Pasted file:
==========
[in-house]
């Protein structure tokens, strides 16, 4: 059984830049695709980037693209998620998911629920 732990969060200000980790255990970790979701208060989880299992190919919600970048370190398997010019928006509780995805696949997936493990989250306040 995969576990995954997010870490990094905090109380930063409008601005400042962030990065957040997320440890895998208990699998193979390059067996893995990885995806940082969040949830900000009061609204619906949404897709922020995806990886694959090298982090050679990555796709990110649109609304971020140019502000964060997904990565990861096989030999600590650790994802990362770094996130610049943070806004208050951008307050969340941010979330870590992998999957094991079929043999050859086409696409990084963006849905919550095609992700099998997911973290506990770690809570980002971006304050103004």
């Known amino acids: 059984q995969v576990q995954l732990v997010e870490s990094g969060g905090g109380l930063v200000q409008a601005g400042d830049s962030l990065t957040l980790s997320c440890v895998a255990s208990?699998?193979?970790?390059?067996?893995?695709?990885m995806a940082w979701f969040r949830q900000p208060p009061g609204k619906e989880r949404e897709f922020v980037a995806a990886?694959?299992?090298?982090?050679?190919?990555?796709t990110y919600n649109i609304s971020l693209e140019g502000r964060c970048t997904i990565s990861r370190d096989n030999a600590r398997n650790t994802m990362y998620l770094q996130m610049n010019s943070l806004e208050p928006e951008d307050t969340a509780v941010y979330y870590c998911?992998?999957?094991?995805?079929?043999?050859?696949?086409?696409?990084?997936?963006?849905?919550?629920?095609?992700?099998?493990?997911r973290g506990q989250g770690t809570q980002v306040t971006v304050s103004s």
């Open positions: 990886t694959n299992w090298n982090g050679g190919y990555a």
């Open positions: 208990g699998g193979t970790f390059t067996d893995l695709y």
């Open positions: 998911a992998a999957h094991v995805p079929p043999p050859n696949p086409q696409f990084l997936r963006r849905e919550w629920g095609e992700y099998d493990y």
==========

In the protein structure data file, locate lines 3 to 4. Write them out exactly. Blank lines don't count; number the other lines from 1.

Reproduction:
């Known amino acids: 059984q995969v576990q995954l732990v997010e870490s990094g969060g905090g109380l930063v200000q409008a601005g400042d830049s962030l990065t957040l980790s997320c440890v895998a255990s208990?699998?193979?970790?390059?067996?893995?695709?990885m995806a940082w979701f969040r949830q900000p208060p009061g609204k619906e989880r949404e897709f922020v980037a995806a990886?694959?299992?090298?982090?050679?190919?990555?796709t990110y919600n649109i609304s971020l693209e140019g502000r964060c970048t997904i990565s990861r370190d096989n030999a600590r398997n650790t994802m990362y998620l770094q996130m610049n010019s943070l806004e208050p928006e951008d307050t969340a509780v941010y979330y870590c998911?992998?999957?094991?995805?079929?043999?050859?696949?086409?696409?990084?997936?963006?849905?919550?629920?095609?992700?099998?493990?997911r973290g506990q989250g770690t809570q980002v306040t971006v304050s103004s």
């Open positions: 990886t694959n299992w090298n982090g050679g190919y990555a």